The results published in two independent studies in the journal Nature also confirmed a previously known genetic variation and could lead to new treatments for the condition that affects around 1 in 100 people, the researchers said.
"This is, if you like, the beginning of a new era in the field, said David St. Clair, a psychiatrist at the University of Aberdeen in Scotland who worked on both studies.
"Once we understand what the mutations are doing, new drugs and new approaches like preventative measures can be developed. It opens up the way to new methods for classifying and diagnosing people with the illness."
Schizophrenia, characterised by hallucinations, delusions and disordered thinking, is far more common in men than in women and is usually diagnosed in late adolescence or early adulthood.
While anti-psychotic drugs such as AstraZeneca's Seroquel and Eli Lilly and Co's Zyprexa can help, such drugs do not cure the mental illness and can cause unpleasant side-effects, including sometimes dangerous weight gain.
In the studies, the researchers analysed the genes of 6,000 to 10,000 people from around the world, half of whom had schizophrenia.
They found one mutation on chromosome 1, two on chromosome 15 and confirmed a variant associated with the condition on chromosome 22. These changes can increase the risk of developing schizophrenia by up to 15 times, the researchers said.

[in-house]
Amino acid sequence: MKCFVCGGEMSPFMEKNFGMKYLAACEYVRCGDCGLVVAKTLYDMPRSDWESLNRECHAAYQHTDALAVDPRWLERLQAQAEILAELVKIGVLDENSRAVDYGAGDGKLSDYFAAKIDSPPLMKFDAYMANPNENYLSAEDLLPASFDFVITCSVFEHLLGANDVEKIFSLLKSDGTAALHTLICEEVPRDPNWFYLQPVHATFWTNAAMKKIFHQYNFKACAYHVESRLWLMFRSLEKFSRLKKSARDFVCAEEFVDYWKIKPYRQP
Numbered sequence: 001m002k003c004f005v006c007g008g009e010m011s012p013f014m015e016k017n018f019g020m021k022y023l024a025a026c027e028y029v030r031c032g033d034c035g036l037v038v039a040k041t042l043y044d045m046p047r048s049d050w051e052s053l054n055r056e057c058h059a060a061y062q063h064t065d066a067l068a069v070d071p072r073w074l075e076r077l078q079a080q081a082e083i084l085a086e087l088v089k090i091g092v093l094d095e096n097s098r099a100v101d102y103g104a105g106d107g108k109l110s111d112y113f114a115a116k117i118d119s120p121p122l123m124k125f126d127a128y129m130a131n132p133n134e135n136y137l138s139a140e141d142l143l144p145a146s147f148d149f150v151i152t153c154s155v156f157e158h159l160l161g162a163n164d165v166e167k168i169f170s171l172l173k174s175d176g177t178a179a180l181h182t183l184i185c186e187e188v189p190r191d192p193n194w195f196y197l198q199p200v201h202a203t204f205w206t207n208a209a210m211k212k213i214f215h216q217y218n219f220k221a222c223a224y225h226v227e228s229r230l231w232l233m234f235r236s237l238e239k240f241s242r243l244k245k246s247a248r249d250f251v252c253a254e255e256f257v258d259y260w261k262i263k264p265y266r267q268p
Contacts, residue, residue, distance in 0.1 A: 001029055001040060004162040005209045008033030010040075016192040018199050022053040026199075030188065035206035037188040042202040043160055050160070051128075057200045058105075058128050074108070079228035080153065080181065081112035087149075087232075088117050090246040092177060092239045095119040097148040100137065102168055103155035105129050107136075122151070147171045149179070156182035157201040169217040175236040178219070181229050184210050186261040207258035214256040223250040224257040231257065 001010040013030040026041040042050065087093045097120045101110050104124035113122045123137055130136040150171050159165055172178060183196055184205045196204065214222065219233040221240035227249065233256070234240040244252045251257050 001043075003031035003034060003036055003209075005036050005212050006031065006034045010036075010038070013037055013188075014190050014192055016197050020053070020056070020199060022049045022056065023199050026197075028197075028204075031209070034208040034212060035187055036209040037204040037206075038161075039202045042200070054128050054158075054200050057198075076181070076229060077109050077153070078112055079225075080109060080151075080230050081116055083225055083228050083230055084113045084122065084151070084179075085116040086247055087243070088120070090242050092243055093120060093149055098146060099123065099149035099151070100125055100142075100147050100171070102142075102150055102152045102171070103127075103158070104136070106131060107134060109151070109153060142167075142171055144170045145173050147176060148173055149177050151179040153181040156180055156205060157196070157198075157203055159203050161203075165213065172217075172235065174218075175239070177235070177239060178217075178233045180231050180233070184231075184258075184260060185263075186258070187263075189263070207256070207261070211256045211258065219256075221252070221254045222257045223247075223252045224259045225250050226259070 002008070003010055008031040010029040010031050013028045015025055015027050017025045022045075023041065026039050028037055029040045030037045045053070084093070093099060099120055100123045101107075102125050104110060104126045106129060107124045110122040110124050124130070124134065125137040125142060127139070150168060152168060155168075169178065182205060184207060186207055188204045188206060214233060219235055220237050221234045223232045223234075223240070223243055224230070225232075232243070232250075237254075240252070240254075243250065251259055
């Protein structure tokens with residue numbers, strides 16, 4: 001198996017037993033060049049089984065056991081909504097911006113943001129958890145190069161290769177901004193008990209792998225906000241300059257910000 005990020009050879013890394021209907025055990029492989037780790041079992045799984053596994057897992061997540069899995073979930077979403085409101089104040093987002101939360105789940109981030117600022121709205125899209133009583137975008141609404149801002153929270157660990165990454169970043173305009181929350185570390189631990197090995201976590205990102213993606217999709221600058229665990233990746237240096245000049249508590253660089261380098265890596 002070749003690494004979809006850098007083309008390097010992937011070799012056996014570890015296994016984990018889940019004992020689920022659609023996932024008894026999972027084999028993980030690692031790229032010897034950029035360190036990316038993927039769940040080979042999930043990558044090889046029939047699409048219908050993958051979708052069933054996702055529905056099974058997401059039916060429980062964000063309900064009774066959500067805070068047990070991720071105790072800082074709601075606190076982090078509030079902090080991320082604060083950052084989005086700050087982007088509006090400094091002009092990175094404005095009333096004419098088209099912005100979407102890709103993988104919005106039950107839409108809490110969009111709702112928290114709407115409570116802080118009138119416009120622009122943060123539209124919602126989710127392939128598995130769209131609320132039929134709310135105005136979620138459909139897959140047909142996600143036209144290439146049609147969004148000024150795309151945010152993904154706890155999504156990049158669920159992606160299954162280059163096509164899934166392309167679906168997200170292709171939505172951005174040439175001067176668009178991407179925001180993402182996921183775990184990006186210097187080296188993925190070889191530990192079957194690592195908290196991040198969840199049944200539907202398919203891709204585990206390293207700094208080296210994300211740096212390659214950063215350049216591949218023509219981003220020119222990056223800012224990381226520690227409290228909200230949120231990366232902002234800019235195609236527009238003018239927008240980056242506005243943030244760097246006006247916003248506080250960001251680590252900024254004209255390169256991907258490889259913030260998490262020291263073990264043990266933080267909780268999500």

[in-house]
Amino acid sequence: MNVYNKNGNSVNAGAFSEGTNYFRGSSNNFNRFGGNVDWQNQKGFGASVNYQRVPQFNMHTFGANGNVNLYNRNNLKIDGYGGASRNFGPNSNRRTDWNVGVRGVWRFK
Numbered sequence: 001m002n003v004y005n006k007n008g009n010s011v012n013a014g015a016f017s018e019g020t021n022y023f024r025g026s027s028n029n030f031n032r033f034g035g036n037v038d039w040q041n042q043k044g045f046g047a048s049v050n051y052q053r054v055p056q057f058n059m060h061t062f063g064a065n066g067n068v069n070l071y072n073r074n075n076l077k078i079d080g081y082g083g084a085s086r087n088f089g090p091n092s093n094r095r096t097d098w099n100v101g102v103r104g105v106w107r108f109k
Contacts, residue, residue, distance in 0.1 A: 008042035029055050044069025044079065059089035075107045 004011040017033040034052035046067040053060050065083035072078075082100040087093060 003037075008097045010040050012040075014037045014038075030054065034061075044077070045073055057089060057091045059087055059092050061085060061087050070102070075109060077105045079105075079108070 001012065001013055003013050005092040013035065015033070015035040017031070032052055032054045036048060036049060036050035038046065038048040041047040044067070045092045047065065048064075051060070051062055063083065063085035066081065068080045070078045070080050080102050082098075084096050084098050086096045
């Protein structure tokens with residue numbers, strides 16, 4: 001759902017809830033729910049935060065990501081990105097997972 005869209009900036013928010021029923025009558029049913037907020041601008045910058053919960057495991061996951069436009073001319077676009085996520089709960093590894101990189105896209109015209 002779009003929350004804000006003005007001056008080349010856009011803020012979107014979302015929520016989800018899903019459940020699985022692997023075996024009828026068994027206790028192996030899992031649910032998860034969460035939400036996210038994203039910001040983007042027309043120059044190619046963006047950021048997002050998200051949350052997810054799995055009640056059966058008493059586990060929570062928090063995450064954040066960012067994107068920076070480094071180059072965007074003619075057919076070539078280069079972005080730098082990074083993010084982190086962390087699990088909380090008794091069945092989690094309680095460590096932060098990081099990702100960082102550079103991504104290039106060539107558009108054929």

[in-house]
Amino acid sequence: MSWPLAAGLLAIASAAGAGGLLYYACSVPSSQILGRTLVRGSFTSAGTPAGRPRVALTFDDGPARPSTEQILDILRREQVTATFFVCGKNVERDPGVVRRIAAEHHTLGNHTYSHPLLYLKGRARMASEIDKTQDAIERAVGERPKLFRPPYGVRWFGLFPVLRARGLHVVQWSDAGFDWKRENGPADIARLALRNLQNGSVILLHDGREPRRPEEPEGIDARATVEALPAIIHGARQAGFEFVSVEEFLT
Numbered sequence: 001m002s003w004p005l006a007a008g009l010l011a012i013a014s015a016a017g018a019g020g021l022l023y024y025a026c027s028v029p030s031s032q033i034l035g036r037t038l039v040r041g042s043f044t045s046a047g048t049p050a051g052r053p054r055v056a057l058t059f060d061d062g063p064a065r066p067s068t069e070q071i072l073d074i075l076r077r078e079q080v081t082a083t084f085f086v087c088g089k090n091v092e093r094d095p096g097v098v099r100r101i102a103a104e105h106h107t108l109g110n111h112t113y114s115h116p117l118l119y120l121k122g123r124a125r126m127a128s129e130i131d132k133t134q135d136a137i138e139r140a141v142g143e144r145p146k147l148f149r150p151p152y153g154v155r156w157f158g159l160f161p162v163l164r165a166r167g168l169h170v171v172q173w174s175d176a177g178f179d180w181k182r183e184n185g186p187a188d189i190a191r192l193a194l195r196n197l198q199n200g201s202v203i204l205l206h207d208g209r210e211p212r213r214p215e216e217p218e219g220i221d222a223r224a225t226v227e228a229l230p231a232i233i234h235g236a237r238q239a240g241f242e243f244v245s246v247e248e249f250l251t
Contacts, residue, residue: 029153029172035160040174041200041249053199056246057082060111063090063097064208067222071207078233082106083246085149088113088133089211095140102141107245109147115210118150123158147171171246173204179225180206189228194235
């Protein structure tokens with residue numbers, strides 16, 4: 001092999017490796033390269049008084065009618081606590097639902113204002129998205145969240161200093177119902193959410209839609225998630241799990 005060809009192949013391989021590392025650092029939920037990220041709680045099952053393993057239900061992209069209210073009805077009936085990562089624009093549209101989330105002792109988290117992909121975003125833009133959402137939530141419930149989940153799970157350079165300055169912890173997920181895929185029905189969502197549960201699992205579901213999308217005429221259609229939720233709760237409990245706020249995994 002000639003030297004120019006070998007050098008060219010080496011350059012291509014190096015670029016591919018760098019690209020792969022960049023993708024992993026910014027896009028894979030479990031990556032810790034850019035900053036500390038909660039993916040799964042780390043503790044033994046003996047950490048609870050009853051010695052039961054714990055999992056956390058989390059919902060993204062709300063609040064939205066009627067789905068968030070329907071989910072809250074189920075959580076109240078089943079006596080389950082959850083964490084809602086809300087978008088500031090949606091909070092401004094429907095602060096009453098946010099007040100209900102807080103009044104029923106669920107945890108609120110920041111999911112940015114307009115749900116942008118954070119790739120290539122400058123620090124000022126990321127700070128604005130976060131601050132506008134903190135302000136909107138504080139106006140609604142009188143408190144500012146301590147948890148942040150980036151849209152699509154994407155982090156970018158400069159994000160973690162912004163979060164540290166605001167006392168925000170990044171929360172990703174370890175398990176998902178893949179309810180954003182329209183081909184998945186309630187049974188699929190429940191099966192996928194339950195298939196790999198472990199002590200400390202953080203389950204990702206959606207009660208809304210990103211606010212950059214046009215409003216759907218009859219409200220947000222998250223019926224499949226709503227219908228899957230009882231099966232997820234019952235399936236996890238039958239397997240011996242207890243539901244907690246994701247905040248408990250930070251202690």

The findings also suggest that the variants, while rare, pack a powerful punch and occur at a far higher rate than other uncommon mutations -- around 1 in every 10,000 people rather than 1 in every 10 million, St. Clair said.
"They are more common than your average rare variant," he said in a telephone interview. "We are now looking to see if there are environmental factors that affect the rate these variations come into the population."
In each case certain genes are knocked out, or deleted, on the chromosome. They are also found in some people with autism and other psychological disorders, suggesting the conditions may be related, the researchers said.
The next step is determining how these deletions affect brain function, according to the researchers, who included scientists from deCODE genetics in Iceland and the U.S. based Broad Institute of MIT and Harvard Universities in Massachusetts.
"This work opens up an entirely new way to think about schizophrenia and eventually will suggest avenues for researching therapies for the sake of patients and families suffering from this terrible disorder," said Pamela Sklar of the Broad Institute, who led one of the studies.
Last Mod: 31 Temmuz 2008, 15:01